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Yes, That Nobel Peace Prize

Local activist Barbara Smith nominated for a Nobel as part of 1,000 Peace Women

Barbara Smith has known this might be coming for a couple of years, ever since a professor at Rhode Island College began working on her nomination form. But there’s still a sense of wonderment and emotion in her voice. “I wish to God my mother was alive so she would know she had a daughter who was nominated for the Nobel Peace Prize,” she said.

Smith was nominated as part of a project started in Switzerland to recognize the kinds of contributions women at the grassroots level make to the struggle for peace. “Millions of women work day in day out to promote peace,” explains the 1,000 Women for the 2005 Nobel Peace Prize Web site. “As their work is taken for granted and is usually unspectacular, it is neither acknowledged nor remunerated.”

Since the prize’s inception in 1901, only 12 women have received it—and it often goes to heads of state who have been involved in war but then brokered peace treaties. This is perhaps not surprising, given the criteria Nobel laid out in his will: people working for “fraternity between the nations, for the abolition or reduction of standing armies and for the holding and promotion of peace congresses.”

Smith’s definition of working for peace is much more varied. “There’s the obvious—working to abolish war as a way for humans to solve their problems,” she says. “There’s also working to create living conditions and opportunity for all people to maximize their highest human potential and dreams. . . . That multilevel comprehension . . . that’s a characteristically women’s way of looking at the world.”

The fact that women have created a clinic to respond to rape as tool of political power struggles in Haiti, for example, is unlikely to rise to the level of attention that would get someone a Nobel Prize, explained Smith. But these practical, daily, grassroots things carried out by people who bear “the brunt of warmongering” is perfect example of working for peace.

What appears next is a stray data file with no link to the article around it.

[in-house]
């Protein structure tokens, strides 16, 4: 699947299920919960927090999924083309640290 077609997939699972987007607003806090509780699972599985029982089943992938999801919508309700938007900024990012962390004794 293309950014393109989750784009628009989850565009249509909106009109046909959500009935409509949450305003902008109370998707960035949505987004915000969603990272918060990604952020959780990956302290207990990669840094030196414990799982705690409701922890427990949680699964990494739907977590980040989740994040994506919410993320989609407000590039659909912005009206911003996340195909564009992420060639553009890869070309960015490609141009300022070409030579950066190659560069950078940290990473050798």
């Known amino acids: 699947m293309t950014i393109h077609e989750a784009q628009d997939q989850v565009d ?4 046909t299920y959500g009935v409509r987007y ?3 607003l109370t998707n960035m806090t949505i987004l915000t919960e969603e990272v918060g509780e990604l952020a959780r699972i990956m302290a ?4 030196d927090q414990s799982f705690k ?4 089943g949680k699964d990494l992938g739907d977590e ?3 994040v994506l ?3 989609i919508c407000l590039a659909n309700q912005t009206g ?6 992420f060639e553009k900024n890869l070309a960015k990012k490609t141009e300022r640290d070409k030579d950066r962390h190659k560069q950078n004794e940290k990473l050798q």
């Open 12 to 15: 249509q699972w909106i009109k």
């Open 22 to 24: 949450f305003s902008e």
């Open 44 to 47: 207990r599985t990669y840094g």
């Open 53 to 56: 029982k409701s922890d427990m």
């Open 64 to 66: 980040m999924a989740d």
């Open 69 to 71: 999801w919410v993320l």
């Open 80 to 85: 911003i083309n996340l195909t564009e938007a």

Smith has worked in the Civil Rights Movement, antiwar organizing in the Vietnam era, anti-apartheid work, and anti-police-brutality organizing, to name a few. She has been a leading activist and scholar around the intersections of race, class, gender, and sexuality, and was a founder of Kitchen Table: Women of Color Press. She is considered a pioneer in the field of black feminist literary criticism. Since 9/11 she has been active in Black Voices for Peace and the local Stand for Peace Antiracism Committee.

Recently, Smith has immersed herself in neighborhood-level organizing, founding a neighborhood watch in her section of Arbor Hill, working with the Coalition for Accountable Police and Government, working in an after-school program at Philip Livingston Magnet Academy, and organizing concerned residents to meet Livingston students after school to reduce after-school violence. She is currently a candidate for the Ward 4 Common Council seat.

What keeps Smith going as she juggles all of these various projects is a memory of her family, and their commitment to giving back, and of her history as an African-American. “I know the history of struggle that had to happen for me to exist,” she explains. “Twenty million Africans were lost in the Middle Passage. . . . Because I don’t know how many millions of people died for me to live, I feel that I have responsibilities.” Of course, she notes, though she thinks about it in terms of her own background, “these values I’m talking about really apply to everybody.”

The 1,000 women being nominated were chosen from 2,000 submissions. And, said Smith, that’s still just the “tip of the iceberg,” symbolizing the millions of women working on similar projects around the world. She lists civil-rights leaders Fannie Lou Hamer and Ella Baker; Graciela I. Sanchez, founder of the Esperanza Peace and Justice Center in San Antonio; and Vivian Stromberg, executive director of the international women’s peace and human-rights organization Madre, as people she might have added to the list. The list contains 40 women from the United States and five women from New York state. It also includes 10 from Uzbekistan who can’t be named because doing so would place them in serious danger.

The goal of the 1,000 Women project is to have the 1,000 women awarded the prize collectively. It’s a serious nomination, they say, but it remains to be seen if the Nobel Committee will consider it as such. Though the prize has been awarded to organizations in the past, the rules state that it may not be split between more than three individuals. The committee, based in Norway, also requests that the nominations not be made public—something that the project, with its widespread publicity campaign and plans for a book, clearly is not heeding.